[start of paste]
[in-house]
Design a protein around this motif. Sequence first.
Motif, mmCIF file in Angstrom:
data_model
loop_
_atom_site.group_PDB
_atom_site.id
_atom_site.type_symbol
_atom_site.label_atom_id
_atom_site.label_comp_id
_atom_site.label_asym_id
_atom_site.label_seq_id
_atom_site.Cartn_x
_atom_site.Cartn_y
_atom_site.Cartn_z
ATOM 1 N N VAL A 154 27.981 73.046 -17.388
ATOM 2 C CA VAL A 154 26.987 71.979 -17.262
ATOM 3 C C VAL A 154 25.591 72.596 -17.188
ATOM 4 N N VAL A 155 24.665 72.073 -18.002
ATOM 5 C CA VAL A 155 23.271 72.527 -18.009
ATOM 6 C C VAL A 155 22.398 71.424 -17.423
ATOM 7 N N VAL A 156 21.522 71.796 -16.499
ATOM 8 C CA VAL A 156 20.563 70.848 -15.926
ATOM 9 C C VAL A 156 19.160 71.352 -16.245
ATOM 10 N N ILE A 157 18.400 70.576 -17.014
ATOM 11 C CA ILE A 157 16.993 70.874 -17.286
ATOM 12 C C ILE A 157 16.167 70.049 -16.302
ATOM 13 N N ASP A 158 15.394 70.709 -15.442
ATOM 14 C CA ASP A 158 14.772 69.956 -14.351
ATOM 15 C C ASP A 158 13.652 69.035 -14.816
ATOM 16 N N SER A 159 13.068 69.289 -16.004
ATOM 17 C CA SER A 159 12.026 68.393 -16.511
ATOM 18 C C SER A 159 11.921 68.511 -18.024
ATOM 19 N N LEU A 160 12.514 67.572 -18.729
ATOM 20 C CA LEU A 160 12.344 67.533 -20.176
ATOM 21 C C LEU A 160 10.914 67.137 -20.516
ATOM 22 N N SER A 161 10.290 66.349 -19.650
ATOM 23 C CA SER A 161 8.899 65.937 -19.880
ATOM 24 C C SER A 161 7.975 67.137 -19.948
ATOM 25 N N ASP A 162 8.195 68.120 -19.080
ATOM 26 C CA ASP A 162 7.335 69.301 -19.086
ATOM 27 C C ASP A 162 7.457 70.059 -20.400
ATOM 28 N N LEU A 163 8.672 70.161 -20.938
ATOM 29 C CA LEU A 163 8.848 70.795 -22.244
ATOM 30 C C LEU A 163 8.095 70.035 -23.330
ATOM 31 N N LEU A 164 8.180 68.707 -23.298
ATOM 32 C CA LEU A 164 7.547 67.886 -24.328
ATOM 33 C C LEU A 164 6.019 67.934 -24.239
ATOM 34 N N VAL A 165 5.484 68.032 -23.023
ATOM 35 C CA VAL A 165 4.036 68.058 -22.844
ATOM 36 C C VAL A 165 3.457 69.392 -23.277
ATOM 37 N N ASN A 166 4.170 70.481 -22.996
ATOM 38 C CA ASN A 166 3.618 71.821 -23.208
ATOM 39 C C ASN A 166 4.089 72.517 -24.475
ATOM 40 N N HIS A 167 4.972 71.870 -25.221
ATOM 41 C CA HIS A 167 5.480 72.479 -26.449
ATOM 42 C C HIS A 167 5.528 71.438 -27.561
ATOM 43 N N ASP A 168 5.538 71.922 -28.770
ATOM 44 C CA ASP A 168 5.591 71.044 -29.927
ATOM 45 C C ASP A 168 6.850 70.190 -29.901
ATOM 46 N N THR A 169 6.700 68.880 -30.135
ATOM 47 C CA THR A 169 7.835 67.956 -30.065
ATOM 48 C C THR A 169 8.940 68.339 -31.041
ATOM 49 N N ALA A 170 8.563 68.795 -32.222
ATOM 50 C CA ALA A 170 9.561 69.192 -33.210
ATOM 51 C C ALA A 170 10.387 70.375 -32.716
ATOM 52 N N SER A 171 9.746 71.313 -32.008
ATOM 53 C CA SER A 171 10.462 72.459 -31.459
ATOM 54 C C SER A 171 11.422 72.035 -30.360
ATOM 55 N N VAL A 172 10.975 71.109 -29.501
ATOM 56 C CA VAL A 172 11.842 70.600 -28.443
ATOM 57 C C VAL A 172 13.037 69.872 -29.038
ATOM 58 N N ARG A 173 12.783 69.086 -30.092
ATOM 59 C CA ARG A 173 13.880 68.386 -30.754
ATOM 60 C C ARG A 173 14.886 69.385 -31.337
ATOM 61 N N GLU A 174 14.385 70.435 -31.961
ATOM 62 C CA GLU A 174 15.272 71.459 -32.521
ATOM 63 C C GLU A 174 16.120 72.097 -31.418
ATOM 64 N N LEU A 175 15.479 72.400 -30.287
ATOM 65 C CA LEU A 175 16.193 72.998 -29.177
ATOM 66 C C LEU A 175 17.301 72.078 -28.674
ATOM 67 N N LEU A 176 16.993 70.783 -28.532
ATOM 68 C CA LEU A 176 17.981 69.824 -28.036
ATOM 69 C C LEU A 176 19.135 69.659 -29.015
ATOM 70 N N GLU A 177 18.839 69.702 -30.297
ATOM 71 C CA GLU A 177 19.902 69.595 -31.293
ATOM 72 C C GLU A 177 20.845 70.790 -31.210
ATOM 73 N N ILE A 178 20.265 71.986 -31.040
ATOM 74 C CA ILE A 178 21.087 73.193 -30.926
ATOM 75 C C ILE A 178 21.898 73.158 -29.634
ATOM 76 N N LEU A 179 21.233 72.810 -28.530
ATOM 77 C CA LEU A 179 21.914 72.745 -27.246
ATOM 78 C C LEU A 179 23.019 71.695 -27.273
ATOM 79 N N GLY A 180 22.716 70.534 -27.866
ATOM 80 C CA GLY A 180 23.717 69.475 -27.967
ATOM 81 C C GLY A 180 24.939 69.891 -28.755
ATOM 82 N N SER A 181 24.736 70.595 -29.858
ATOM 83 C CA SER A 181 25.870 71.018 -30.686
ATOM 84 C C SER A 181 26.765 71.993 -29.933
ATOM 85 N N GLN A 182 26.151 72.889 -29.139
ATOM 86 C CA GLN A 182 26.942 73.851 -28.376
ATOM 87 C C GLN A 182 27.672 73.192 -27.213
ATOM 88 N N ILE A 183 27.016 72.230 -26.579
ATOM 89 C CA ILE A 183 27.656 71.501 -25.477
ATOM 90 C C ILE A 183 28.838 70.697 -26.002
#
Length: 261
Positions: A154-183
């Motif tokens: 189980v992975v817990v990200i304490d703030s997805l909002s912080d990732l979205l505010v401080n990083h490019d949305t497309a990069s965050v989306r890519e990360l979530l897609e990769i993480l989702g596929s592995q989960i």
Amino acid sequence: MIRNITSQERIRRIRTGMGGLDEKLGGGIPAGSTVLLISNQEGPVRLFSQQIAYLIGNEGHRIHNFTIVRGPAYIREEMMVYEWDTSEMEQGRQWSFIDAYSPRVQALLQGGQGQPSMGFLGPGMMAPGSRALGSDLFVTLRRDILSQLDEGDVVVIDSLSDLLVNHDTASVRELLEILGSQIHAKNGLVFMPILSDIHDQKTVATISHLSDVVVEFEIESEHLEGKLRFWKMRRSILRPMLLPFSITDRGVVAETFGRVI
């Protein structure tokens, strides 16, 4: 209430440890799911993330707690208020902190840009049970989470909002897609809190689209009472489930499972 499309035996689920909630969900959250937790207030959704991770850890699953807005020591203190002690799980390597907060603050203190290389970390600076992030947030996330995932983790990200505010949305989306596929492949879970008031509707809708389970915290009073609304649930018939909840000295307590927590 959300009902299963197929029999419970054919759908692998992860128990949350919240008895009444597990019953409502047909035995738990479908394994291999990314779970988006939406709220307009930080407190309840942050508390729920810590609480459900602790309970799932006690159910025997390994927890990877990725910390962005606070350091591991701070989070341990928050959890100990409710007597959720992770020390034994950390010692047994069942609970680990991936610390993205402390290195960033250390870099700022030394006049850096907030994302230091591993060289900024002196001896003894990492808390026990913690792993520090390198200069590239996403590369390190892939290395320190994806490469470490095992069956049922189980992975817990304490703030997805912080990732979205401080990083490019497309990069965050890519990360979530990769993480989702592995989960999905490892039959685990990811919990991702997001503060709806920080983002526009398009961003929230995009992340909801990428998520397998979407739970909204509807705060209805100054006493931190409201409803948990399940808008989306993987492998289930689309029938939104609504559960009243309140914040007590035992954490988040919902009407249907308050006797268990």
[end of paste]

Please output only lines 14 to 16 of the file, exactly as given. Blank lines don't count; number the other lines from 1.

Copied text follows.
_atom_site.Cartn_y
_atom_site.Cartn_z
ATOM 1 N N VAL A 154 27.981 73.046 -17.388